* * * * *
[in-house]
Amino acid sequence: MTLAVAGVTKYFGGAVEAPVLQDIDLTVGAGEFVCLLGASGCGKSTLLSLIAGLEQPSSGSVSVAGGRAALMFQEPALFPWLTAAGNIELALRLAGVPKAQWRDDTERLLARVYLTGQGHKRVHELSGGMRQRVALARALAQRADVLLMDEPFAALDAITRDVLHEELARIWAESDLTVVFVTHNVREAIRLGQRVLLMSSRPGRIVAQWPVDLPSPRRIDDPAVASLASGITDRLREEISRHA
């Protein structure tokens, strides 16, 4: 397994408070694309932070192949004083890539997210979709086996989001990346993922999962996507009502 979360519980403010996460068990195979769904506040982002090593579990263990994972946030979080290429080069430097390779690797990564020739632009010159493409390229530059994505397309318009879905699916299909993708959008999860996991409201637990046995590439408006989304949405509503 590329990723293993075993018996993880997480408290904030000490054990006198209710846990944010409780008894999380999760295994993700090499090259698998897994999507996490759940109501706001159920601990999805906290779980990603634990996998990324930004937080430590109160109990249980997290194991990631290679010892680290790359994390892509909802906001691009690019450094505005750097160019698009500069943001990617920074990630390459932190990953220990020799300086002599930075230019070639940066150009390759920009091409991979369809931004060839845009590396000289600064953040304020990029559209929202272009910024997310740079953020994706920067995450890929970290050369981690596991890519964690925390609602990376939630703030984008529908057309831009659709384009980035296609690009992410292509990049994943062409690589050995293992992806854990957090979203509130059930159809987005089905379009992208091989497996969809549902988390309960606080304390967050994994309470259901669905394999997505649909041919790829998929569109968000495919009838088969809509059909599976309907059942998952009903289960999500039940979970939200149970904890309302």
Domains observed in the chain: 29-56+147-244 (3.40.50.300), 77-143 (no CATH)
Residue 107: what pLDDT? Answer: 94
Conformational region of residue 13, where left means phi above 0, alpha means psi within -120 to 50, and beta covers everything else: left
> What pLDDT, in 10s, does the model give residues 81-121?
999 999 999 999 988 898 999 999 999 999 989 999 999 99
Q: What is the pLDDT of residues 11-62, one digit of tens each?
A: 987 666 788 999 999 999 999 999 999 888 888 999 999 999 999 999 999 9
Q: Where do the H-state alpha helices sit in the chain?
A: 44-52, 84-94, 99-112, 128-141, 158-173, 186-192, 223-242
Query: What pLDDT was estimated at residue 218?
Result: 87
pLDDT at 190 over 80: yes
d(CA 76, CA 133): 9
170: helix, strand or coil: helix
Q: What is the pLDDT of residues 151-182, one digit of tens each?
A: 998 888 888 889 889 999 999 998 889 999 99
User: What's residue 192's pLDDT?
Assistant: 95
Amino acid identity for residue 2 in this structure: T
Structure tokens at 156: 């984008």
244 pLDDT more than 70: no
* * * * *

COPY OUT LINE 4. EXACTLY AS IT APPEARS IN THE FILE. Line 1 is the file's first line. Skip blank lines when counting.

Domains observed in the chain: 29-56+147-244 (3.40.50.300), 77-143 (no CATH)